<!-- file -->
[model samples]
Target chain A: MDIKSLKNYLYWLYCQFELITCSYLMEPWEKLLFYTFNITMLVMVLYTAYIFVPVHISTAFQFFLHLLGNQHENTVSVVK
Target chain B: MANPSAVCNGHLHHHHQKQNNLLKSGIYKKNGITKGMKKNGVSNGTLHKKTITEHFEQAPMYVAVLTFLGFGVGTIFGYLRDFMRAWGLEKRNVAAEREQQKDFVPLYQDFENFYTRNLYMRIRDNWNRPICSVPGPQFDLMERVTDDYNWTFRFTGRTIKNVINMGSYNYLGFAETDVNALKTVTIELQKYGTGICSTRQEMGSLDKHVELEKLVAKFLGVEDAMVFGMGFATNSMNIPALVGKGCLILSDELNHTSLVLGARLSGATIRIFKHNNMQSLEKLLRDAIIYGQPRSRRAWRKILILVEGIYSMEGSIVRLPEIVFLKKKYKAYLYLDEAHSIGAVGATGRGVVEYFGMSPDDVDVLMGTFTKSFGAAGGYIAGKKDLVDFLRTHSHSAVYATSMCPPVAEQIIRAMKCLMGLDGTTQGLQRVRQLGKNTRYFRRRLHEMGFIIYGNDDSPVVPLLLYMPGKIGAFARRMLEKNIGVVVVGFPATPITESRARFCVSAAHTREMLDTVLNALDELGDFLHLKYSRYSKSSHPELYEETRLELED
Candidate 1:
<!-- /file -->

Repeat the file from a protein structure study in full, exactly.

[model samples]
Target chain A: MDIKSLKNYLYWLYCQFELITCSYLMEPWEKLLFYTFNITMLVMVLYTAYIFVPVHISTAFQFFLHLLGNQHENTVSVVK
Target chain B: MANPSAVCNGHLHHHHQKQNNLLKSGIYKKNGITKGMKKNGVSNGTLHKKTITEHFEQAPMYVAVLTFLGFGVGTIFGYLRDFMRAWGLEKRNVAAEREQQKDFVPLYQDFENFYTRNLYMRIRDNWNRPICSVPGPQFDLMERVTDDYNWTFRFTGRTIKNVINMGSYNYLGFAETDVNALKTVTIELQKYGTGICSTRQEMGSLDKHVELEKLVAKFLGVEDAMVFGMGFATNSMNIPALVGKGCLILSDELNHTSLVLGARLSGATIRIFKHNNMQSLEKLLRDAIIYGQPRSRRAWRKILILVEGIYSMEGSIVRLPEIVFLKKKYKAYLYLDEAHSIGAVGATGRGVVEYFGMSPDDVDVLMGTFTKSFGAAGGYIAGKKDLVDFLRTHSHSAVYATSMCPPVAEQIIRAMKCLMGLDGTTQGLQRVRQLGKNTRYFRRRLHEMGFIIYGNDDSPVVPLLLYMPGKIGAFARRMLEKNIGVVVVGFPATPITESRARFCVSAAHTREMLDTVLNALDELGDFLHLKYSRYSKSSHPELYEETRLELED
Candidate 1: